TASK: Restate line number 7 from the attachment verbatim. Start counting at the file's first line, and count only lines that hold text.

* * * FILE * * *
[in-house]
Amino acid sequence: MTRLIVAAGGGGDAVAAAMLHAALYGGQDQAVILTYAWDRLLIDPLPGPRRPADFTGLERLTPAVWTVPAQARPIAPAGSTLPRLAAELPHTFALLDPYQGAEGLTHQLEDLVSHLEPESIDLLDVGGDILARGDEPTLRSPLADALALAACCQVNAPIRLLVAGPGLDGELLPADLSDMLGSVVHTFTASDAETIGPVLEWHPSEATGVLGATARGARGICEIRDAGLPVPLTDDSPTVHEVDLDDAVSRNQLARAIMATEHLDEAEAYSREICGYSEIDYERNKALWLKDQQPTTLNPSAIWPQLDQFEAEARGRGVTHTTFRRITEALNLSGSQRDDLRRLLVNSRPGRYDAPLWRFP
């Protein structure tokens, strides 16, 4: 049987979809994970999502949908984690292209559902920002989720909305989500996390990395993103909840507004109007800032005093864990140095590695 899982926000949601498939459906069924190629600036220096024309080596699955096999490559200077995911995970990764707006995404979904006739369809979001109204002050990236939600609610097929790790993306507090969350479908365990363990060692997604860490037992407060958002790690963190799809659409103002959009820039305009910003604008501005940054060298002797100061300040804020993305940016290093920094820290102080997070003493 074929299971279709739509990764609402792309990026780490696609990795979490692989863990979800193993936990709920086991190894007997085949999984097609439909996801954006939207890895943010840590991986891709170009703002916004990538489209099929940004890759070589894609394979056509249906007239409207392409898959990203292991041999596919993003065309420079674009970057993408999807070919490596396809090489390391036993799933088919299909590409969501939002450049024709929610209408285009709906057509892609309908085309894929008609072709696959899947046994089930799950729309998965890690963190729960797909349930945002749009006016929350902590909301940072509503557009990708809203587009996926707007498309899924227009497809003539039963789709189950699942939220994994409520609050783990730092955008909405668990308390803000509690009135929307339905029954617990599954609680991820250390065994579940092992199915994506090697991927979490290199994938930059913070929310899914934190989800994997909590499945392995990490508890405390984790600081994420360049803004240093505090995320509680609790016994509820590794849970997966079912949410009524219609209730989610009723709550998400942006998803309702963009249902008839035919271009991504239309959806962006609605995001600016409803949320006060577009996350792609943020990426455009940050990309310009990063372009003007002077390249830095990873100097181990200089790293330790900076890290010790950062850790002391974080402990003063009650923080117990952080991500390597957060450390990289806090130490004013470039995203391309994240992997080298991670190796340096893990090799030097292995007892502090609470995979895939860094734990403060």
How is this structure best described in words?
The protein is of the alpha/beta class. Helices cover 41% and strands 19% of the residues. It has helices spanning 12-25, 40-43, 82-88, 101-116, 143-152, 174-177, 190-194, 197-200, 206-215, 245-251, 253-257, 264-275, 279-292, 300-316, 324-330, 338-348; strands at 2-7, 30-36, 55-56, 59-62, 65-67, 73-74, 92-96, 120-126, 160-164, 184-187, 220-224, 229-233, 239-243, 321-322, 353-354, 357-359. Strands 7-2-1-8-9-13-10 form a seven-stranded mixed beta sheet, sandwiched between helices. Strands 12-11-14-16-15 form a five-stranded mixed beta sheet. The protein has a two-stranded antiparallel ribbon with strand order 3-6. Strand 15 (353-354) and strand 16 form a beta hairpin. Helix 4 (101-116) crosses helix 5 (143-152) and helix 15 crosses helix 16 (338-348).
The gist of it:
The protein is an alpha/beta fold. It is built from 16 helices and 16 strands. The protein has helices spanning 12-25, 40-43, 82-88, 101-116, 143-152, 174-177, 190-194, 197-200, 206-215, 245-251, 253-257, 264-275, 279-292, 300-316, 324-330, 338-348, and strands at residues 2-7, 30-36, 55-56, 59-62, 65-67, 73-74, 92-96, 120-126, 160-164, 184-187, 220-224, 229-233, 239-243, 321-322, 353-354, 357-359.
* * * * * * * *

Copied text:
The protein is an alpha/beta fold. It is built from 16 helices and 16 strands. The protein has helices spanning 12-25, 40-43, 82-88, 101-116, 143-152, 174-177, 190-194, 197-200, 206-215, 245-251, 253-257, 264-275, 279-292, 300-316, 324-330, 338-348, and strands at residues 2-7, 30-36, 55-56, 59-62, 65-67, 73-74, 92-96, 120-126, 160-164, 184-187, 220-224, 229-233, 239-243, 321-322, 353-354, 357-359.